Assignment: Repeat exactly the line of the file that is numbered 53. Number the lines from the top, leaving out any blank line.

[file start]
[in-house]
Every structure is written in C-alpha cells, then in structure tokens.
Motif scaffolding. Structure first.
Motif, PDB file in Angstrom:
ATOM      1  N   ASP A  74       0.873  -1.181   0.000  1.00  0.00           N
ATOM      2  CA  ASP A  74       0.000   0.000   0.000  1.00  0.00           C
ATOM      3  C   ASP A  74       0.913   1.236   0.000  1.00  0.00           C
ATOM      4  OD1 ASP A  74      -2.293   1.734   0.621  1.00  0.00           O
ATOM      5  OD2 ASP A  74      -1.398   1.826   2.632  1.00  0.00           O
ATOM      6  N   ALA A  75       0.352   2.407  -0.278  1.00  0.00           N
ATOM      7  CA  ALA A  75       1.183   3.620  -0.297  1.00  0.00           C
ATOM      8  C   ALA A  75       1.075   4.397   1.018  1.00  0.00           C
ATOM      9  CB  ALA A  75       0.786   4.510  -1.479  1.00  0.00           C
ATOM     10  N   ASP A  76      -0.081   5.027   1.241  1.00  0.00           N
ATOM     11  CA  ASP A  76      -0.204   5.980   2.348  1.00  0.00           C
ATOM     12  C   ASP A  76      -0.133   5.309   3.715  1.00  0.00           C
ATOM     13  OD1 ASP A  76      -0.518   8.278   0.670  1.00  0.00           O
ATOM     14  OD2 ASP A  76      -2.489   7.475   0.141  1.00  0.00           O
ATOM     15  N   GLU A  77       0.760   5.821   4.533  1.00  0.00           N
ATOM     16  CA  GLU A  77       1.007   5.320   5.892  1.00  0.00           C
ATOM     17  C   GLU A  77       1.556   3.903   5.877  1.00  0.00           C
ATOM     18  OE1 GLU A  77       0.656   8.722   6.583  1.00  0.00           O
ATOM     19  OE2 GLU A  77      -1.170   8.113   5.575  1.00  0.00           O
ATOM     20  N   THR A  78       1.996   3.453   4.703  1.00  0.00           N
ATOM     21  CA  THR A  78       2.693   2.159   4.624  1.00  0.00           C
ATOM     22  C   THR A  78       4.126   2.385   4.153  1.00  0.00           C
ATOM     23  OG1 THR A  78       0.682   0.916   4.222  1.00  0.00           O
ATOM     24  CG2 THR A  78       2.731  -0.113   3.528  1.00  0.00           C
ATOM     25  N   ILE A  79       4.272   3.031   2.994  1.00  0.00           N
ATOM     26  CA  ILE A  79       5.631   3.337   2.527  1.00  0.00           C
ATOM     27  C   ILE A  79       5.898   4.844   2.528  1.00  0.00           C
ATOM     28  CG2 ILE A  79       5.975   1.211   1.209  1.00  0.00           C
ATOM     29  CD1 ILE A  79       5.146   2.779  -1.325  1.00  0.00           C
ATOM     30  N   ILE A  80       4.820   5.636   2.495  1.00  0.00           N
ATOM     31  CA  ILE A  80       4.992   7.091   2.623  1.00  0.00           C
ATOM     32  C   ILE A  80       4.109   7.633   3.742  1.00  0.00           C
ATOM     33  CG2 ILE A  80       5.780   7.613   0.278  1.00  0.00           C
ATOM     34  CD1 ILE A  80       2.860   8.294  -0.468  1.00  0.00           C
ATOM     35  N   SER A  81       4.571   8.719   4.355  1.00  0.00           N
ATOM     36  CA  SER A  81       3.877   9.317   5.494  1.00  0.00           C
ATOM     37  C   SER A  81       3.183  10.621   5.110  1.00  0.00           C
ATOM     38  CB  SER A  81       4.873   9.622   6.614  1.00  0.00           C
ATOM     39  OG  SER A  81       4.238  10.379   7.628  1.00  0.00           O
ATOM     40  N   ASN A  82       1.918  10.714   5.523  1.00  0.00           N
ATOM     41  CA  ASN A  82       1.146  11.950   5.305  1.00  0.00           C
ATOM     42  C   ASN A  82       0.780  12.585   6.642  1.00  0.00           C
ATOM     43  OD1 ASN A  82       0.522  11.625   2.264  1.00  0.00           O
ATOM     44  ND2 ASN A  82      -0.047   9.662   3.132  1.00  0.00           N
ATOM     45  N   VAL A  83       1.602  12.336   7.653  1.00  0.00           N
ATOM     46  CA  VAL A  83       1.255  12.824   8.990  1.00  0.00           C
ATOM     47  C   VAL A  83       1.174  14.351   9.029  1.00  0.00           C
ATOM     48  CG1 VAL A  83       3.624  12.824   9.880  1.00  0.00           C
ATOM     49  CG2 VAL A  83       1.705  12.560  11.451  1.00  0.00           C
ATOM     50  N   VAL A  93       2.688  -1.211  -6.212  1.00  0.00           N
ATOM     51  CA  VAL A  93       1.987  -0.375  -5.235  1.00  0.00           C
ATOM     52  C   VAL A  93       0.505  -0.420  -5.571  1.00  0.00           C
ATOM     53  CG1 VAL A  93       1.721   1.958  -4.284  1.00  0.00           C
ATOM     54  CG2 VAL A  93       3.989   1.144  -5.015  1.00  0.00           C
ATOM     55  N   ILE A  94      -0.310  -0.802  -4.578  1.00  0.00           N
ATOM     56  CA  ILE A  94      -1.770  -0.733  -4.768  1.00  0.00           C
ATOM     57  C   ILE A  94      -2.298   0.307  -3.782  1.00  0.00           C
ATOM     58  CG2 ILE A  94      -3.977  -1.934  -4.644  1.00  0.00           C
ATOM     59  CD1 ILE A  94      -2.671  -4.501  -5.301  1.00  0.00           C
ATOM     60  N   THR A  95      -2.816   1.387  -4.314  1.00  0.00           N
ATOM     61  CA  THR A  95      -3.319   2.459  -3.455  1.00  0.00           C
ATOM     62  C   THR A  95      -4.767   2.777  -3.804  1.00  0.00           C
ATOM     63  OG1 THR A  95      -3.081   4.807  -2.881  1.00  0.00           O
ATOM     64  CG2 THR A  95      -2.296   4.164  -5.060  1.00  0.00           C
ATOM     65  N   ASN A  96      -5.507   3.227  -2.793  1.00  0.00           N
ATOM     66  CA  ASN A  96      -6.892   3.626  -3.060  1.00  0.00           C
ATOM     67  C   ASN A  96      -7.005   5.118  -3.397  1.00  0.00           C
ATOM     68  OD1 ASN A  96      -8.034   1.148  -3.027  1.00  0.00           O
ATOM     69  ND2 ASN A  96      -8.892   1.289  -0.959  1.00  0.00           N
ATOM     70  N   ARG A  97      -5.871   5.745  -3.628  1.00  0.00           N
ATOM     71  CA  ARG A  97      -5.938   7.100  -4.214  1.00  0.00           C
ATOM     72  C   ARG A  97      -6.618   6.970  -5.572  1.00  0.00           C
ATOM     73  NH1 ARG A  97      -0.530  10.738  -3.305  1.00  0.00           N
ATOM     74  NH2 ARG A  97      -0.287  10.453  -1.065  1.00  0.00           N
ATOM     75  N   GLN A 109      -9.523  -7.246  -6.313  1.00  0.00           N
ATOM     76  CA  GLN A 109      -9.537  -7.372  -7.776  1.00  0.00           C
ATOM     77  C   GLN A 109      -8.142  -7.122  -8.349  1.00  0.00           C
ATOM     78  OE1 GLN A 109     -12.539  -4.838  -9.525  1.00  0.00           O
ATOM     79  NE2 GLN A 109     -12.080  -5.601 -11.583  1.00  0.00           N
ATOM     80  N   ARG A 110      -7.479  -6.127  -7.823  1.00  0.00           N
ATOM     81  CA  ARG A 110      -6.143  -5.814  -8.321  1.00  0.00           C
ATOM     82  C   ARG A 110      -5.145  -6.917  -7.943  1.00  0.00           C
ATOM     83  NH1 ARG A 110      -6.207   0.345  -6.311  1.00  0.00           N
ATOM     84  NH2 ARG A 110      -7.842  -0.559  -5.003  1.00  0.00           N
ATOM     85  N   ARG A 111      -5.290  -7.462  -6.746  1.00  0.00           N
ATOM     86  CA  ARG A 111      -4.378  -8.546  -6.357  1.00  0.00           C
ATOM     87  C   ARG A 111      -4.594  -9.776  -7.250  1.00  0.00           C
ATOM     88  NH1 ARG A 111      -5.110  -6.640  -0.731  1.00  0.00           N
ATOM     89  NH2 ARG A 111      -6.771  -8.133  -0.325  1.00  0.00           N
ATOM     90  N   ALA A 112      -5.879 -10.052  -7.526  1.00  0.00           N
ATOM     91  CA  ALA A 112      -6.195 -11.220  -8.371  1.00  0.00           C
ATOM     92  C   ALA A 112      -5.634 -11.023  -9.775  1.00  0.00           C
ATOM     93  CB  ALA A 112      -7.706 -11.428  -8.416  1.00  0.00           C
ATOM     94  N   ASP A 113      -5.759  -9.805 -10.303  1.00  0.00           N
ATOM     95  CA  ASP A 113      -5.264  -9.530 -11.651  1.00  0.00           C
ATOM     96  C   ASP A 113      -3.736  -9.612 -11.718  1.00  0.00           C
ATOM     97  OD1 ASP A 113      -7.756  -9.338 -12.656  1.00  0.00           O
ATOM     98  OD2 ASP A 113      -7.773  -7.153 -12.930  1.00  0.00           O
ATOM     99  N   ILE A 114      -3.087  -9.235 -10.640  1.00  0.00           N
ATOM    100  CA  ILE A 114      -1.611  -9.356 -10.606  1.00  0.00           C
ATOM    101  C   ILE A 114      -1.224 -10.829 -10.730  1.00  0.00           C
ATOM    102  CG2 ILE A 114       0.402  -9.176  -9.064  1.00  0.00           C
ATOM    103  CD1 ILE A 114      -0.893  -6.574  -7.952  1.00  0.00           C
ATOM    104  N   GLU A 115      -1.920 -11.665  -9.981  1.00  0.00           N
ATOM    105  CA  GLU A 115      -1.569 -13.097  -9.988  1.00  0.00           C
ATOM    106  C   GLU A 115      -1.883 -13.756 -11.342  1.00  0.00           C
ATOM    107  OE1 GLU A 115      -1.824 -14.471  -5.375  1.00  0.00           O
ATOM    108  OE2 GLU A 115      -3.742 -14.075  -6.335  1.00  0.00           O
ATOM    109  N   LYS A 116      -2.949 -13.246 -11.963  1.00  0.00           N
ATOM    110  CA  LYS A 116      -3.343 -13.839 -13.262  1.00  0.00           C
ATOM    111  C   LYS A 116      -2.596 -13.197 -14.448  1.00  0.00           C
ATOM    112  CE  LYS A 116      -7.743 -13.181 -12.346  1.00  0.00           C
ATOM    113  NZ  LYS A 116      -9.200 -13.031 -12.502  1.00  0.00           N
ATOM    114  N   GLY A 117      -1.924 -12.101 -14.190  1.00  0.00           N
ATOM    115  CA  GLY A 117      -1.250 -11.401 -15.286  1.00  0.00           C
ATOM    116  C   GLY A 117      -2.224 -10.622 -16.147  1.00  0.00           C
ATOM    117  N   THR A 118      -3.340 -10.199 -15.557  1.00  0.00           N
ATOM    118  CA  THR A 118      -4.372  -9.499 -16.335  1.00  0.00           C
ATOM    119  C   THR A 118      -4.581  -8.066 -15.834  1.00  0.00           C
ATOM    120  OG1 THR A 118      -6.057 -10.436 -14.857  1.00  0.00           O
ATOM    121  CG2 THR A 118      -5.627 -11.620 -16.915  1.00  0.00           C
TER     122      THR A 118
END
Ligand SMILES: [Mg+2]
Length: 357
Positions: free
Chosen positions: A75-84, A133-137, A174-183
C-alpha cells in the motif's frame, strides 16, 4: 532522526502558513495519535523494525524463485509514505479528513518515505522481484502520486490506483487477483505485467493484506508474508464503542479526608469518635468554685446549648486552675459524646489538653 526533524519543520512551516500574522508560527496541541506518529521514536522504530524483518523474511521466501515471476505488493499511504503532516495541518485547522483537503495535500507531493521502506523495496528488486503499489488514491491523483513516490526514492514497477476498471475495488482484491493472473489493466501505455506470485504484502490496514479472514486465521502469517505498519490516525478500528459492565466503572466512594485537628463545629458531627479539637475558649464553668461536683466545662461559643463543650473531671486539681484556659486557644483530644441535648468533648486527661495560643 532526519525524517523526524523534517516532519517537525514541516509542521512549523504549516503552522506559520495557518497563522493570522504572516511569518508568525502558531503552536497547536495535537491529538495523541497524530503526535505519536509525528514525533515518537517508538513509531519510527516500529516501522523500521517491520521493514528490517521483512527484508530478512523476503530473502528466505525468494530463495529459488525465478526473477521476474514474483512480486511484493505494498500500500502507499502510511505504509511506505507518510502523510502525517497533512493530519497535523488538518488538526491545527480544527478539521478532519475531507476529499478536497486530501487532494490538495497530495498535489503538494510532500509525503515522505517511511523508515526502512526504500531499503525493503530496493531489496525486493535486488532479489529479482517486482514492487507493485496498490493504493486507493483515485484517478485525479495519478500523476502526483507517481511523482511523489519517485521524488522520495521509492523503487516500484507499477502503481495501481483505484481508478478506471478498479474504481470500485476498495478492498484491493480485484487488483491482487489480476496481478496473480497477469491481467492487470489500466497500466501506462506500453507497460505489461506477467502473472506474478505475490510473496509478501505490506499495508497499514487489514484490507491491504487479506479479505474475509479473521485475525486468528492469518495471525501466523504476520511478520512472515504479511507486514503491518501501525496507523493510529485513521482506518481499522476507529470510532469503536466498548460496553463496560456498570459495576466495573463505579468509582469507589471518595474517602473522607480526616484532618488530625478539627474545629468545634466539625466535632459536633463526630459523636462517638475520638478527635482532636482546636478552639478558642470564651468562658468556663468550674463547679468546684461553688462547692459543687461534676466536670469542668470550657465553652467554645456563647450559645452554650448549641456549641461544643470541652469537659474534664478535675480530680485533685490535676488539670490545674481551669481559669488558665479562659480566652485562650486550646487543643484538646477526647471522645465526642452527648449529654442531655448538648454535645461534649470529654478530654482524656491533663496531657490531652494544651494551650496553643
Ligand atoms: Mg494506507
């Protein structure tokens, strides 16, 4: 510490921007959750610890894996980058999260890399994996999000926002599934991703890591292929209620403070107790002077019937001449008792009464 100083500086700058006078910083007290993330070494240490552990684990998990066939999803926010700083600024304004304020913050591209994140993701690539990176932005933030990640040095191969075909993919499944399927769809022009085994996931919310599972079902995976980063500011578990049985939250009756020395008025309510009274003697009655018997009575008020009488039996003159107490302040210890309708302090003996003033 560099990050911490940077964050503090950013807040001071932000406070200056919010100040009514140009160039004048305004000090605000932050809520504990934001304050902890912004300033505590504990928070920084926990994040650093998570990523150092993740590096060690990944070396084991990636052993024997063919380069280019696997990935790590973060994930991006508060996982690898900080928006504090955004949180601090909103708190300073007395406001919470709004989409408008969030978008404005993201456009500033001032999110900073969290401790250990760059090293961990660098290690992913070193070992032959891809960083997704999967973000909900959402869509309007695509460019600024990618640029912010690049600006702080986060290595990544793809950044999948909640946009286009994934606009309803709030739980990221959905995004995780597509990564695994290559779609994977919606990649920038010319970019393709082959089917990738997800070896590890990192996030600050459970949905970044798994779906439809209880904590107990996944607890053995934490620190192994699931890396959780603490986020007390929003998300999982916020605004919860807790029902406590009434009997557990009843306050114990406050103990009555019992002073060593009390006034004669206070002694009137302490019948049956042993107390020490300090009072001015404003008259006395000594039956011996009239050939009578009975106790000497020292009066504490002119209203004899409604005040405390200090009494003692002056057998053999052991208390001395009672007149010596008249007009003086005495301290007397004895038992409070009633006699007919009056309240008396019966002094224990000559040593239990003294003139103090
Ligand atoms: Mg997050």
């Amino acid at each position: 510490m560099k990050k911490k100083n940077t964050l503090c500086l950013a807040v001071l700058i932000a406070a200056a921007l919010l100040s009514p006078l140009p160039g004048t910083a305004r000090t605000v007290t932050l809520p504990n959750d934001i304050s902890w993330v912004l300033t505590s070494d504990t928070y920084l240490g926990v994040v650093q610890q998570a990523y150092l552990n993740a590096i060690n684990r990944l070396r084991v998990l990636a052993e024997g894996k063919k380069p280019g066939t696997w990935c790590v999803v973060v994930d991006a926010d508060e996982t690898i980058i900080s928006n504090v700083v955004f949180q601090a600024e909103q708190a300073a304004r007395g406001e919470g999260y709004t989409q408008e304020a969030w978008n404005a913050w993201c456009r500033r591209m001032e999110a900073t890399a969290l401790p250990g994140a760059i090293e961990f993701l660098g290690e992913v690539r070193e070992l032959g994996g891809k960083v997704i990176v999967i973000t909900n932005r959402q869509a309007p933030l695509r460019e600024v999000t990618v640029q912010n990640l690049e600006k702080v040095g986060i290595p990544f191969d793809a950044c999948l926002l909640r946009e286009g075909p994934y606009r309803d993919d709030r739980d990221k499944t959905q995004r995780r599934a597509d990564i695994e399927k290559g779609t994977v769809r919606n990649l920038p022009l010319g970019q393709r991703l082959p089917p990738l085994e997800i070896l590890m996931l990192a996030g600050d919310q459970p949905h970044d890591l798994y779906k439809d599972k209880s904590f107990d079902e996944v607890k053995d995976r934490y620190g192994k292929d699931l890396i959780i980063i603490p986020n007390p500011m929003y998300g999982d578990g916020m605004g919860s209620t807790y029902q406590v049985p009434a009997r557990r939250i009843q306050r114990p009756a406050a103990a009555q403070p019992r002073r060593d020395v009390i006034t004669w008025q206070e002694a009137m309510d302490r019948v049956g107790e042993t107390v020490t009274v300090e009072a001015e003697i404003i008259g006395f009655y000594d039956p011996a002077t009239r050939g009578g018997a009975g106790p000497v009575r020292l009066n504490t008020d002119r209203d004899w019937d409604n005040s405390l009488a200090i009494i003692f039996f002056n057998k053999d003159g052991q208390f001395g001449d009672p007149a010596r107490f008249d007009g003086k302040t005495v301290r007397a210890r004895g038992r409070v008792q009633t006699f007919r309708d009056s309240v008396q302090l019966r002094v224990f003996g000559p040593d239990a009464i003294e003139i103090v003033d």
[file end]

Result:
ATOM     49  CG2 VAL A  83       1.705  12.560  11.451  1.00  0.00           C